The Society of Jesus and China have a long and complicated history, one that goes back to the very beginnings of the order. One of the co-founders of the Jesuits, the great St. Francis Xavier, died during his attempt to reach the Chinese mainland. Thirty years later, in 1582, Matteo Ricci, S.J., succeeded where Xavier had failed, bringing the Catholic faith as well as Western science, mathematics and astronomy to the Eastern world. Today, at the China Millennium Monument in Beijing, Father Ricci is the only Westerner included in the pantheon of those recognized for outstanding contributions to the development of Chinese civilization.
In the four centuries since Father Ricci’s exploits, the relations between the Jesuits and China have closely paralleled those between the West and Beijing. America’s most significant coverage of the church in China was in 1988, when we published excerpts from the newly released memoirs of Dominic Tang, S.J., (d. 1995), the last Roman Catholic archbishop of Canton officially recognized by the Holy See. The following reflection by John W. Donohue, S.J., appeared in this column on July 9, 1988.
Archbishop Tang was born in Hong Kong on May 13, 1908; entered the Society of Jesus in 1930, and was ordained in 1941. Nine years later, when he was running a parish and school in Shekki, a Southeast-China town not far from Macau, Rome appointed him Apostolic Administrator of Canton. A Chinese nun inclined to gloomy prophecy told him, “Your vocation to be a bishop is a vocation to be imprisoned.”
Bishop Tang, who as administrator did not have the title of archbishop, guessed that much himself and was not surprised when he was arrested in February 1958. One of the first things he saw at the police station was a poster indicting him: “Tang Yee-ming is the most faithful running dog of the reactionary Vatican.” Although he was neither officially tried nor sentenced, he was kept in prison for the next 22 years. Much of that time he spent in solitary confinement in a tiny and almost lightless cell furnished only with a bench for sleeping.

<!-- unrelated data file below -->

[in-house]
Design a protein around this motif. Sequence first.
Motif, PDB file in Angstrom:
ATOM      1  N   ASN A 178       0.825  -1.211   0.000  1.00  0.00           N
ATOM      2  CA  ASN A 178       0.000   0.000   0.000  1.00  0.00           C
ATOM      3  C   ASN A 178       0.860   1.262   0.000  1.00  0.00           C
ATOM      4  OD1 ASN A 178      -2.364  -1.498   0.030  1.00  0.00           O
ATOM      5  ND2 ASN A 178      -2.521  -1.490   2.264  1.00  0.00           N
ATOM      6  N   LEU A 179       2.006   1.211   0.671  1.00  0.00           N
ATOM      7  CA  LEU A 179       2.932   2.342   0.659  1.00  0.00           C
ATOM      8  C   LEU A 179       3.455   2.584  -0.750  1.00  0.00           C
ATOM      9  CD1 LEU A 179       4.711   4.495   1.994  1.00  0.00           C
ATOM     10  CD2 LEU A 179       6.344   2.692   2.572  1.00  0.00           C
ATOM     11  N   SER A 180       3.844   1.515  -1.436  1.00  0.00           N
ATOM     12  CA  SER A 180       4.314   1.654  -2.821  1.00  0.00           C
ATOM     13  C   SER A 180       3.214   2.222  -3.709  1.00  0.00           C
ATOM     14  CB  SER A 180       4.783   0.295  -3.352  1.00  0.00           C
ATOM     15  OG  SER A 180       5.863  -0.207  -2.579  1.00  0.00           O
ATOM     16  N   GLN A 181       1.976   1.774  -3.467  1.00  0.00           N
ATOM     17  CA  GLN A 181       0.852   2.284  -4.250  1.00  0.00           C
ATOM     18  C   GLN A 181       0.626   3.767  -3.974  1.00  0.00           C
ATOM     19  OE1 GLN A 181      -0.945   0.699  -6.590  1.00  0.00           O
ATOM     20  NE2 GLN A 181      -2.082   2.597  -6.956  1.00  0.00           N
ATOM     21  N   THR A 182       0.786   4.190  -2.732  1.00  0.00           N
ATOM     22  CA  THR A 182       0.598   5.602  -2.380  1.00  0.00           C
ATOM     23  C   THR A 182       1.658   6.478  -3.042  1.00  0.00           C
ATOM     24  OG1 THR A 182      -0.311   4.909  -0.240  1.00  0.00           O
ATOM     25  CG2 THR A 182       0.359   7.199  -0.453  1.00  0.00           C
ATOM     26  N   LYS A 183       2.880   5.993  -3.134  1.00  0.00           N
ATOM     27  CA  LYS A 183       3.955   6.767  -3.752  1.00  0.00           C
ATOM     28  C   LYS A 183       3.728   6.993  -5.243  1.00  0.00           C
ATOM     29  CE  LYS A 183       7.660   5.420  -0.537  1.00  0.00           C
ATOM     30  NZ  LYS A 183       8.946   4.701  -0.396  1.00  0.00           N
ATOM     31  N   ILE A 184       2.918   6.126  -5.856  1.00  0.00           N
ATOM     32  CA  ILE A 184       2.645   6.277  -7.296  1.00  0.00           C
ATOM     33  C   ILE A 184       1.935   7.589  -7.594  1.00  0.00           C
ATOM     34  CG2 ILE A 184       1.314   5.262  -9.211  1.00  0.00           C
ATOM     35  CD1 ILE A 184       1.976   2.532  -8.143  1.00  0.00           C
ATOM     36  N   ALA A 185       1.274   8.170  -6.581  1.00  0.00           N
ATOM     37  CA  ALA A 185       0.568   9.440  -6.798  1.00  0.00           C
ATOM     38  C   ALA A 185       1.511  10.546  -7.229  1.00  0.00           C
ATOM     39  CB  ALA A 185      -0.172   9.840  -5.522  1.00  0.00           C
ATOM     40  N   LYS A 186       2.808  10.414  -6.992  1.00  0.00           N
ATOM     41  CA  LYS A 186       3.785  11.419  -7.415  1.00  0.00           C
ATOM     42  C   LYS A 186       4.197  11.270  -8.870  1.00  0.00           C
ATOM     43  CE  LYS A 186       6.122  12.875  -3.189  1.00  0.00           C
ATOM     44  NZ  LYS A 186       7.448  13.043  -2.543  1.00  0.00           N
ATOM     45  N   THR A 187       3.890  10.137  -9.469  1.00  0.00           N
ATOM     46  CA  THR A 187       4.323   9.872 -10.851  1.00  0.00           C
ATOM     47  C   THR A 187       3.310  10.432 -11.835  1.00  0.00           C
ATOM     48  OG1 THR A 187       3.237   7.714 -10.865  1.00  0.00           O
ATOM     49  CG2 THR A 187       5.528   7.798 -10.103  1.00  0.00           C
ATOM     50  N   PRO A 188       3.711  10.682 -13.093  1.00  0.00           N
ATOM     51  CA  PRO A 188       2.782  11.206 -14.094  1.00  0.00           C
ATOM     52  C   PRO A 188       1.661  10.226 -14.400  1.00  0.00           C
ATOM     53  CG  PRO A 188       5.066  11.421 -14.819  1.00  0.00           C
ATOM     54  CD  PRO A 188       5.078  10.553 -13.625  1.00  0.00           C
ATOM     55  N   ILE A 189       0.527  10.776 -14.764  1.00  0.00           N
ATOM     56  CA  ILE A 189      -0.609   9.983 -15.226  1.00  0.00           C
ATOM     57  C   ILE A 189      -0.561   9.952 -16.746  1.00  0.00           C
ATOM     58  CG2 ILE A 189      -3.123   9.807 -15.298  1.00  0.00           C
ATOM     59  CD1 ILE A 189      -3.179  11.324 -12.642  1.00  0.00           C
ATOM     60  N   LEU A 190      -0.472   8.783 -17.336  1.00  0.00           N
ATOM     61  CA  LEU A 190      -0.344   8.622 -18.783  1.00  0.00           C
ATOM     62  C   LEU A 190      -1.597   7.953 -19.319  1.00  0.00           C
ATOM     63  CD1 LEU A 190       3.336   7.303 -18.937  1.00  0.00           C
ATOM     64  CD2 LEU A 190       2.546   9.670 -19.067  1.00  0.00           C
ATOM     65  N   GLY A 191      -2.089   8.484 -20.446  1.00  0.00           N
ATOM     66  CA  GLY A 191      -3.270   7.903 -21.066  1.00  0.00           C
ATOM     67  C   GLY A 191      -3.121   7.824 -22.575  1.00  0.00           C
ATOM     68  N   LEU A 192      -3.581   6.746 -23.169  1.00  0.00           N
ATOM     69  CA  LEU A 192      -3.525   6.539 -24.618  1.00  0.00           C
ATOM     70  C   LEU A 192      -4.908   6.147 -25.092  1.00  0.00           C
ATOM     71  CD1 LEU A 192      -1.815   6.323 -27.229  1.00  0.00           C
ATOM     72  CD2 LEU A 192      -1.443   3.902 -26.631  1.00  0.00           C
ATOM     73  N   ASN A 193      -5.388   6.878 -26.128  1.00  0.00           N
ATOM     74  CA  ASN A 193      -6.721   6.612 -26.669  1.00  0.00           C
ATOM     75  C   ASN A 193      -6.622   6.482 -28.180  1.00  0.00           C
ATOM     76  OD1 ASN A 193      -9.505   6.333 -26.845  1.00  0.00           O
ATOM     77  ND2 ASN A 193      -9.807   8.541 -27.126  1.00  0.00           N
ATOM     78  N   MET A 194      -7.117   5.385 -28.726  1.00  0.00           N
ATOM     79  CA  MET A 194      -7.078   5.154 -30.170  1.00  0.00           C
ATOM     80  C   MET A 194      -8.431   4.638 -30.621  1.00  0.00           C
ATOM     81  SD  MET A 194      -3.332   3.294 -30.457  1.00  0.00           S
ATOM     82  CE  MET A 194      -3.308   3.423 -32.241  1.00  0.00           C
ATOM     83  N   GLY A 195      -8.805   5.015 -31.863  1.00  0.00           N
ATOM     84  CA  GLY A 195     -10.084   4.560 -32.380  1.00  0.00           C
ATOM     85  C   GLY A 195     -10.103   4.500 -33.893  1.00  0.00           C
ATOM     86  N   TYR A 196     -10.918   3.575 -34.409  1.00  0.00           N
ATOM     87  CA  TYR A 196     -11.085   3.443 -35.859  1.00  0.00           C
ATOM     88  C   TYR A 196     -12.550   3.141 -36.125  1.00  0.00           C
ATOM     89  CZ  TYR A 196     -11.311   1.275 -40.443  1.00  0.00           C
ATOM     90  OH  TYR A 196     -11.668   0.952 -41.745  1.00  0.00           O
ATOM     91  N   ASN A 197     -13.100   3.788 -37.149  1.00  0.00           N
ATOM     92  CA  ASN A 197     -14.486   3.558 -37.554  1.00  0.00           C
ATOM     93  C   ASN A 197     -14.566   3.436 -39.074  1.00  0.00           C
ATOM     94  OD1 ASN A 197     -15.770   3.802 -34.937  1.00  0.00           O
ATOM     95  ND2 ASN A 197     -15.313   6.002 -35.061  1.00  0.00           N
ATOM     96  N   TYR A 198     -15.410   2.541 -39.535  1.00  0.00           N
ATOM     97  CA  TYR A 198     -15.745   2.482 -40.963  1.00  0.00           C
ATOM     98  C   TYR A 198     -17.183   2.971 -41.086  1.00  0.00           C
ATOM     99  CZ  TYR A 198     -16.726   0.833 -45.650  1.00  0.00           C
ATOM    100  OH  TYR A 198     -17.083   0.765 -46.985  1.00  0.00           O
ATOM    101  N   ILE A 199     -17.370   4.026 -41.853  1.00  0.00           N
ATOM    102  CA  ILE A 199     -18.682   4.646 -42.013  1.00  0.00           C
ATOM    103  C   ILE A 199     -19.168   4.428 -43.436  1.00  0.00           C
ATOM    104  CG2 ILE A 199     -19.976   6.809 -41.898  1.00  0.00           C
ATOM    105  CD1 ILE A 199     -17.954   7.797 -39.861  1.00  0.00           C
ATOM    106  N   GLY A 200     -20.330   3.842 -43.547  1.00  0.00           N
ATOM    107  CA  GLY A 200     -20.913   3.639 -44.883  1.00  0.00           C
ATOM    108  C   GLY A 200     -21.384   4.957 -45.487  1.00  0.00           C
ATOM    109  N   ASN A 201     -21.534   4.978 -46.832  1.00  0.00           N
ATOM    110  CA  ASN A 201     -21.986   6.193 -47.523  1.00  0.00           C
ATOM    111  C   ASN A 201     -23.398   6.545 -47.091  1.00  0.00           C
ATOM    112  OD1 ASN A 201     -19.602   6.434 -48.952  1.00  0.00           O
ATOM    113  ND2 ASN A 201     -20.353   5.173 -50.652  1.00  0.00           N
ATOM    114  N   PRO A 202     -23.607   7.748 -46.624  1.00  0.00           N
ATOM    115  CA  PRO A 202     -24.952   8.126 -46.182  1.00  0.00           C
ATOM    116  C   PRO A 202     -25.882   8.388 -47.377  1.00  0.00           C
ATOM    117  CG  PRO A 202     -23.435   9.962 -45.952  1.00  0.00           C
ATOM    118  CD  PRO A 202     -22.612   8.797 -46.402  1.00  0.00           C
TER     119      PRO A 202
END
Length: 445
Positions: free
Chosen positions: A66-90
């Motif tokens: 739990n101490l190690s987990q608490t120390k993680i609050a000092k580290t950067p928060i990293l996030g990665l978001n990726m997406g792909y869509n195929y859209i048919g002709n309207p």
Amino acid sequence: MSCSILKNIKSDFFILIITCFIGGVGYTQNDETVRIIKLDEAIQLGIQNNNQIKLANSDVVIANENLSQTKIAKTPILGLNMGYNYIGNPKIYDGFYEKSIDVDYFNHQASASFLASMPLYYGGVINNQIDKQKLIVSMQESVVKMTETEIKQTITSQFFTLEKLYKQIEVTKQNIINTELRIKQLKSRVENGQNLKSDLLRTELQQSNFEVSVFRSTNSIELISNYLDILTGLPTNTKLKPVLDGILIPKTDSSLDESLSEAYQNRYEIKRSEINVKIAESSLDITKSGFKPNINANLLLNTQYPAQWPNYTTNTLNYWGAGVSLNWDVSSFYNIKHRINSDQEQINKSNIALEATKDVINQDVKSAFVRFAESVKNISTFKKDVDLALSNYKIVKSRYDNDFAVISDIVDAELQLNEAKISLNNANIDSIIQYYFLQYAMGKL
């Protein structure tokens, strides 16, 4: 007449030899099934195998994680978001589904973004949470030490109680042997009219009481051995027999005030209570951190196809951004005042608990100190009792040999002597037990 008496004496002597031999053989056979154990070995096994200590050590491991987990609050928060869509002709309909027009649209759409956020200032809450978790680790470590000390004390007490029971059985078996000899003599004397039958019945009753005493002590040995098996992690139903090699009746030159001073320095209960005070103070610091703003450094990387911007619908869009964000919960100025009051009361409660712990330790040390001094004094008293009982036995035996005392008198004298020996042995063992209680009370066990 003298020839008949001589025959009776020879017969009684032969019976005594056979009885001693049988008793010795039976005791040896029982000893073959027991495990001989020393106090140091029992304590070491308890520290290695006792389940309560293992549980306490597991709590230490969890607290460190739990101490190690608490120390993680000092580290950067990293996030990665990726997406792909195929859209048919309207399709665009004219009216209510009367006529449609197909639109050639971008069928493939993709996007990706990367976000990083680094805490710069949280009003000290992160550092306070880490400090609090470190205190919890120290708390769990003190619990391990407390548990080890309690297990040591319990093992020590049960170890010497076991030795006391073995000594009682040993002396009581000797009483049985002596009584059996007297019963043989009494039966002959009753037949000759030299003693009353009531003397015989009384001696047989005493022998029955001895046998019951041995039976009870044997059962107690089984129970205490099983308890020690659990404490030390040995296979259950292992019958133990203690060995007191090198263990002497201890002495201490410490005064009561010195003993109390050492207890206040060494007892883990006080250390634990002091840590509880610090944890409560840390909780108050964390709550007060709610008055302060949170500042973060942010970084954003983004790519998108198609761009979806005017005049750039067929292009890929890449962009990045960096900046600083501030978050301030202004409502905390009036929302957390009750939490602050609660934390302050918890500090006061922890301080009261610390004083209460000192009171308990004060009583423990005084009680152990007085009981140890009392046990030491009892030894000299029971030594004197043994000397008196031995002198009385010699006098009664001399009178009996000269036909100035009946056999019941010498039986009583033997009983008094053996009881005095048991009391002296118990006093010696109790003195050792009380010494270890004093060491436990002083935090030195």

Since he was not permitted either to write or receive letters, his relatives and friends presumed by the 1970s that he was dead. But on a morning in June 1980, he was told that the Government, in its “great clemency,” was freeing him even though he was still unreformed. The rosary confiscated 22 years before was returned, but not the episcopal ring set with a ruby....
“I believe that one reason why they put me in prison,” he writes, “was that they wanted me to change my thoughts and religious ideology.” His jailers did not use the physical torture that has been commonplace under right-wing regimes in “Catholic” countries like Argentina, Brazil, Chile and Honduras. But the Archbishop did have to endure relentlessly harsh confinement with the meagerest rations of food and clothing and with frequent interrogations that sometimes lasted all day and night....
“One day repeated another,” he writes, “one year repeated another.” In the most uplifting of his vividly instructive pages, Archbishop Tang describes how he filled those prison days with a schedule of prayer, meditation and hymns. That program kept him, he says, from losing either faith or heart. Besides, he adds, God has given him “the grace of an optimistic spirit.” And so he ends the stirring testimony of this remarkable little book with a serene affirmation: “God’s help and protection is always with the Church.”